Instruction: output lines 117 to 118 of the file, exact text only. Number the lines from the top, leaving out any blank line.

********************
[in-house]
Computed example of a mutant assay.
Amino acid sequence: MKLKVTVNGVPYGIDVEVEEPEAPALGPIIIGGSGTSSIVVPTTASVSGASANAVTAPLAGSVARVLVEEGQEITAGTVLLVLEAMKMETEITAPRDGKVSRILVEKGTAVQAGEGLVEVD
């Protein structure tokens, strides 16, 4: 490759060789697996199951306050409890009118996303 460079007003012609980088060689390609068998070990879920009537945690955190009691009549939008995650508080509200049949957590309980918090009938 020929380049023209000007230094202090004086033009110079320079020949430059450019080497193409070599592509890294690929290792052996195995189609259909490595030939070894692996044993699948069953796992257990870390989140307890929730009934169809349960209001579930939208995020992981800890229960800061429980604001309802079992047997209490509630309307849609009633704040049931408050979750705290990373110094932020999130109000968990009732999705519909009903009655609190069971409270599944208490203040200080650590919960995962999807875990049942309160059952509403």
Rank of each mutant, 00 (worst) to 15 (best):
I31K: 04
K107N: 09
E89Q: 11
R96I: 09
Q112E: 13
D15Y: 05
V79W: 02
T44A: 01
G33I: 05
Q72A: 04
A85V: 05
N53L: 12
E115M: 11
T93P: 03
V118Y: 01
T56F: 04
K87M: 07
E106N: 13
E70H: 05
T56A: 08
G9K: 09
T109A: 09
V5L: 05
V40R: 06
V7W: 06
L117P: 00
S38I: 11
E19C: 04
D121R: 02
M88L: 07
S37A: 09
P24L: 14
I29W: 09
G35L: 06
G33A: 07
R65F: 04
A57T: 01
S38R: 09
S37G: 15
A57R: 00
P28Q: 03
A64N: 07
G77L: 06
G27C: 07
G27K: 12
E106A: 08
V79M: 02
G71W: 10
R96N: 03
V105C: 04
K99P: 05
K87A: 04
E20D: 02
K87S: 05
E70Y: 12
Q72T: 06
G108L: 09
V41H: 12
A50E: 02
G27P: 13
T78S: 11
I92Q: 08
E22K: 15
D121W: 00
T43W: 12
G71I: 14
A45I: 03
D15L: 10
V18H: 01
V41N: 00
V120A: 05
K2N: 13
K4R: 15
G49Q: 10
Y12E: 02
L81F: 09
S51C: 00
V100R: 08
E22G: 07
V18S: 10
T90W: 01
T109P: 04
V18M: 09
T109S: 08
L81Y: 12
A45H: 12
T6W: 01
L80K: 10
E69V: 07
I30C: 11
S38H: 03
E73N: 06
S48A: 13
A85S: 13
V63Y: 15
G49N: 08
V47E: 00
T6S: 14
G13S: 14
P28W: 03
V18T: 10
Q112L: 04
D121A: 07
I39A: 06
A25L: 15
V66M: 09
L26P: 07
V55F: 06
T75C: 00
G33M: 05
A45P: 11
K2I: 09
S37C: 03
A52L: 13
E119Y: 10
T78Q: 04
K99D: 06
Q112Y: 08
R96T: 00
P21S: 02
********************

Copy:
K2I: 09
S37C: 03